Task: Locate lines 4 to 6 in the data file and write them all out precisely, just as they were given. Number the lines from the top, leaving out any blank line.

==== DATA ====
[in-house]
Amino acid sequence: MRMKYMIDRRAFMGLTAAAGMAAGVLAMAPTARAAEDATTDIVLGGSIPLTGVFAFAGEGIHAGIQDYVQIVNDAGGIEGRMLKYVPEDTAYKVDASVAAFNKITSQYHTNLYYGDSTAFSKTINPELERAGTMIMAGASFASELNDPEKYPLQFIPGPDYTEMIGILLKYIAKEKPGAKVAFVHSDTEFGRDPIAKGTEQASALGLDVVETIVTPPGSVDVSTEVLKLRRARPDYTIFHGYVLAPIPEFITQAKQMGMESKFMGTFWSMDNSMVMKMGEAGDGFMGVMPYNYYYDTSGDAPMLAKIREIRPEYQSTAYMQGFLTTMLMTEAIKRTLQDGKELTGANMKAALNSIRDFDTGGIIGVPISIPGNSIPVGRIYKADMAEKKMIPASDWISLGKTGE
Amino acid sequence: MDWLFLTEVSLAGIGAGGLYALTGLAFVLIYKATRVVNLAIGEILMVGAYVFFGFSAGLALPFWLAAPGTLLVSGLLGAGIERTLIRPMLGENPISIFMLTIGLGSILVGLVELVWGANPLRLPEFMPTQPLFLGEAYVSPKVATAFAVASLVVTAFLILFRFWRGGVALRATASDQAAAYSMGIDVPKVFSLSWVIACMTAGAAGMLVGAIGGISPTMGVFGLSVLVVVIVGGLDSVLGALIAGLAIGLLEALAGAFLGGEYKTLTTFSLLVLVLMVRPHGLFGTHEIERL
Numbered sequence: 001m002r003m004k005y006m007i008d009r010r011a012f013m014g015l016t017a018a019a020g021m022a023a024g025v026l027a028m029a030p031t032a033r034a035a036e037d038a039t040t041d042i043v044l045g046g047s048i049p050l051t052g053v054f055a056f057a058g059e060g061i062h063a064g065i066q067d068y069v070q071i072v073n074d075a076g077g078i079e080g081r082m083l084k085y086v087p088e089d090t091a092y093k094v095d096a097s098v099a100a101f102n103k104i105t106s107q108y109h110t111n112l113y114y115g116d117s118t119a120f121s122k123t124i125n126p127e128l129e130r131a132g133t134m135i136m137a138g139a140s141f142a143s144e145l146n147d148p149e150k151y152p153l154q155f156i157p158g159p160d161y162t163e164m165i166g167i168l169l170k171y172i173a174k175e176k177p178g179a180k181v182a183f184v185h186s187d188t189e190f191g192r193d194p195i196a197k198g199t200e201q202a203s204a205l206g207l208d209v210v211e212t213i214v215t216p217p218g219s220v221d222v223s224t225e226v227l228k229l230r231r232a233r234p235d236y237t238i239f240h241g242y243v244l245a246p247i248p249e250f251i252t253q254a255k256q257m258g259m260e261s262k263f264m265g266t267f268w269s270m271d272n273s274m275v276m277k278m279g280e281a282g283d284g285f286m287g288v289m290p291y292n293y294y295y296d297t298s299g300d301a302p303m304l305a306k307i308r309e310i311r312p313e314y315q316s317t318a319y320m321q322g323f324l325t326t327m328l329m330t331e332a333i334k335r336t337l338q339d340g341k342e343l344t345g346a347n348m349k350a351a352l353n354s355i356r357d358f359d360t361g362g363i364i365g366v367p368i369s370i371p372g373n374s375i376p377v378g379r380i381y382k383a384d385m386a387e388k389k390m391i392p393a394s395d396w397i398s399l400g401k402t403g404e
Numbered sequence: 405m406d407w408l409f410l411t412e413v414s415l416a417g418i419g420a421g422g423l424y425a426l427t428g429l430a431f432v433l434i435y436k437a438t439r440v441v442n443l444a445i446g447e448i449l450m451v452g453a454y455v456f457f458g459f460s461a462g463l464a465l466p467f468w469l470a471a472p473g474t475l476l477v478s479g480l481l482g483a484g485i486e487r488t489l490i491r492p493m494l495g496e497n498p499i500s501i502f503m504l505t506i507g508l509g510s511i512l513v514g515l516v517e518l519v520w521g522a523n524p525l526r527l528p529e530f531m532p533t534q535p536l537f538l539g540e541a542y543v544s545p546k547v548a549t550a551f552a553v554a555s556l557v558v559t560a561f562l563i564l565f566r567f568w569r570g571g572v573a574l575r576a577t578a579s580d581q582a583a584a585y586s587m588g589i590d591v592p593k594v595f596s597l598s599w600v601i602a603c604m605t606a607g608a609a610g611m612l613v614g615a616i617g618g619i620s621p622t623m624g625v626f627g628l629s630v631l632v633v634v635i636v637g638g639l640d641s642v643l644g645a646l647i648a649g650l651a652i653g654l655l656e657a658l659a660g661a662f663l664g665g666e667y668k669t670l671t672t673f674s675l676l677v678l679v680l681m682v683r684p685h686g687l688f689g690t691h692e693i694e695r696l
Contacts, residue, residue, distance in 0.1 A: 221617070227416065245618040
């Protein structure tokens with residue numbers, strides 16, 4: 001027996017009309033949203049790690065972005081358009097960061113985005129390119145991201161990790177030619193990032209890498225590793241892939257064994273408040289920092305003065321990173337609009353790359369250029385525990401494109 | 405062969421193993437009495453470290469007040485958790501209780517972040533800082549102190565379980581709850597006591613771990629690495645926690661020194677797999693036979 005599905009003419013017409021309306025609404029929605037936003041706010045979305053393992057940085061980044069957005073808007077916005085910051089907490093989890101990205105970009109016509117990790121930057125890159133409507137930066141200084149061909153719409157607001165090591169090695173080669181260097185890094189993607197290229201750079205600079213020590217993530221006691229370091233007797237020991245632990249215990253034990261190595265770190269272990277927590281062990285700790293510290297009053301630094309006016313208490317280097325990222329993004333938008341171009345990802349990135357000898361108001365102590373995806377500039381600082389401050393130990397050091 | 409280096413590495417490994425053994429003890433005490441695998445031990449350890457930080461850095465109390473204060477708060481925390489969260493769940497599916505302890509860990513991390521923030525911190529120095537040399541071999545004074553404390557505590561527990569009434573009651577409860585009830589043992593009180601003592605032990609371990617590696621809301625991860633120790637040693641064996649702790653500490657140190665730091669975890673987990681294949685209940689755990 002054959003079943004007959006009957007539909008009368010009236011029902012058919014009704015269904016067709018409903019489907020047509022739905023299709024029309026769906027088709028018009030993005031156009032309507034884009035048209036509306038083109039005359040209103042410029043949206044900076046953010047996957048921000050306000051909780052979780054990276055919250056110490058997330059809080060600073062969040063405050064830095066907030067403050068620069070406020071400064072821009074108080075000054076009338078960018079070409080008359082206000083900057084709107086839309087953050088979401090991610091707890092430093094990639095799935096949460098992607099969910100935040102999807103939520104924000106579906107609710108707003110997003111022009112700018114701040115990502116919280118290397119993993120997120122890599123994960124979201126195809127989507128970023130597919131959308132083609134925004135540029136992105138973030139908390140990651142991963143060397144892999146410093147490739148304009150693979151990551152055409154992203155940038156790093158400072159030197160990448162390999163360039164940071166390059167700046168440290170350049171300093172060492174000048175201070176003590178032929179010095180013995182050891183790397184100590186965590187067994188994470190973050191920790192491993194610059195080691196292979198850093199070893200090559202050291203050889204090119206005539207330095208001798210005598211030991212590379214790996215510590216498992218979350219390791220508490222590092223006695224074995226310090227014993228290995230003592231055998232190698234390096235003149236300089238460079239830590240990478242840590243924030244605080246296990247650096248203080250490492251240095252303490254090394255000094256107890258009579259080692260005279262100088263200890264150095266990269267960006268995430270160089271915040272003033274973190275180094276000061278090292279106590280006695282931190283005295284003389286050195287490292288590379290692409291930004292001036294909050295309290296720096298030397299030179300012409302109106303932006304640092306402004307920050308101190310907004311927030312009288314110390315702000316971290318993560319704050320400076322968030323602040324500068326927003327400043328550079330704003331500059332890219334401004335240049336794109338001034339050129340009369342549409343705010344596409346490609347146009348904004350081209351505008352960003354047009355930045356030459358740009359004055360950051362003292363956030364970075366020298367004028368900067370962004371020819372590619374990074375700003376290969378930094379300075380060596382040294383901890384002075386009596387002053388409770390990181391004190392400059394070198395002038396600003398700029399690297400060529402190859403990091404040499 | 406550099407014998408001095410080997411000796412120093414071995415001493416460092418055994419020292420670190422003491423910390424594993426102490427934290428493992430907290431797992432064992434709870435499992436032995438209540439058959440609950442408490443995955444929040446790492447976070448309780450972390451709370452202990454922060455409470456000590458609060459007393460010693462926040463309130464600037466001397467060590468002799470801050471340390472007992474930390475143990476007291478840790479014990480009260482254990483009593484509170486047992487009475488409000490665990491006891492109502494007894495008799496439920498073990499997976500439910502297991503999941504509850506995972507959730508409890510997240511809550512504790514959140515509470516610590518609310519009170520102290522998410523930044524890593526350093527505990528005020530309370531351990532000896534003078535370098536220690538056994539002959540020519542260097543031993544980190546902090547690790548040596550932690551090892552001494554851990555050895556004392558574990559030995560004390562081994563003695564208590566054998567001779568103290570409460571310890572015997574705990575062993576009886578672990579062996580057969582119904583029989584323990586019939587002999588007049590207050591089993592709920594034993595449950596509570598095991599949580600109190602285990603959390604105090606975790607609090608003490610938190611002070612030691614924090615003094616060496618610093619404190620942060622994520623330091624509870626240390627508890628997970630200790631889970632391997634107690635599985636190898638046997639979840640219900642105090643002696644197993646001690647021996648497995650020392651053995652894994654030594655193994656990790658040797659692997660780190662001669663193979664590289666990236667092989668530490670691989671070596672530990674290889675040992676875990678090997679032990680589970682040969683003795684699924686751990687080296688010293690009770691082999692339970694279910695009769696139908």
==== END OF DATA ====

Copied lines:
Numbered sequence: 001m002r003m004k005y006m007i008d009r010r011a012f013m014g015l016t017a018a019a020g021m022a023a024g025v026l027a028m029a030p031t032a033r034a035a036e037d038a039t040t041d042i043v044l045g046g047s048i049p050l051t052g053v054f055a056f057a058g059e060g061i062h063a064g065i066q067d068y069v070q071i072v073n074d075a076g077g078i079e080g081r082m083l084k085y086v087p088e089d090t091a092y093k094v095d096a097s098v099a100a101f102n103k104i105t106s107q108y109h110t111n112l113y114y115g116d117s118t119a120f121s122k123t124i125n126p127e128l129e130r131a132g133t134m135i136m137a138g139a140s141f142a143s144e145l146n147d148p149e150k151y152p153l154q155f156i157p158g159p160d161y162t163e164m165i166g167i168l169l170k171y172i173a174k175e176k177p178g179a180k181v182a183f184v185h186s187d188t189e190f191g192r193d194p195i196a197k198g199t200e201q202a203s204a205l206g207l208d209v210v211e212t213i214v215t216p217p218g219s220v221d222v223s224t225e226v227l228k229l230r231r232a233r234p235d236y237t238i239f240h241g242y243v244l245a246p247i248p249e250f251i252t253q254a255k256q257m258g259m260e261s262k263f264m265g266t267f268w269s270m271d272n273s274m275v276m277k278m279g280e281a282g283d284g285f286m287g288v289m290p291y292n293y294y295y296d297t298s299g300d301a302p303m304l305a306k307i308r309e310i311r312p313e314y315q316s317t318a319y320m321q322g323f324l325t326t327m328l329m330t331e332a333i334k335r336t337l338q339d340g341k342e343l344t345g346a347n348m349k350a351a352l353n354s355i356r357d358f359d360t361g362g363i364i365g366v367p368i369s370i371p372g373n374s375i376p377v378g379r380i381y382k383a384d385m386a387e388k389k390m391i392p393a394s395d396w397i398s399l400g401k402t403g404e
Numbered sequence: 405m406d407w408l409f410l411t412e413v414s415l416a417g418i419g420a421g422g423l424y425a426l427t428g429l430a431f432v433l434i435y436k437a438t439r440v441v442n443l444a445i446g447e448i449l450m451v452g453a454y455v456f457f458g459f460s461a462g463l464a465l466p467f468w469l470a471a472p473g474t475l476l477v478s479g480l481l482g483a484g485i486e487r488t489l490i491r492p493m494l495g496e497n498p499i500s501i502f503m504l505t506i507g508l509g510s511i512l513v514g515l516v517e518l519v520w521g522a523n524p525l526r527l528p529e530f531m532p533t534q535p536l537f538l539g540e541a542y543v544s545p546k547v548a549t550a551f552a553v554a555s556l557v558v559t560a561f562l563i564l565f566r567f568w569r570g571g572v573a574l575r576a577t578a579s580d581q582a583a584a585y586s587m588g589i590d591v592p593k594v595f596s597l598s599w600v601i602a603c604m605t606a607g608a609a610g611m612l613v614g615a616i617g618g619i620s621p622t623m624g625v626f627g628l629s630v631l632v633v634v635i636v637g638g639l640d641s642v643l644g645a646l647i648a649g650l651a652i653g654l655l656e657a658l659a660g661a662f663l664g665g666e667y668k669t670l671t672t673f674s675l676l677v678l679v680l681m682v683r684p685h686g687l688f689g690t691h692e693i694e695r696l
Contacts, residue, residue, distance in 0.1 A: 221617070227416065245618040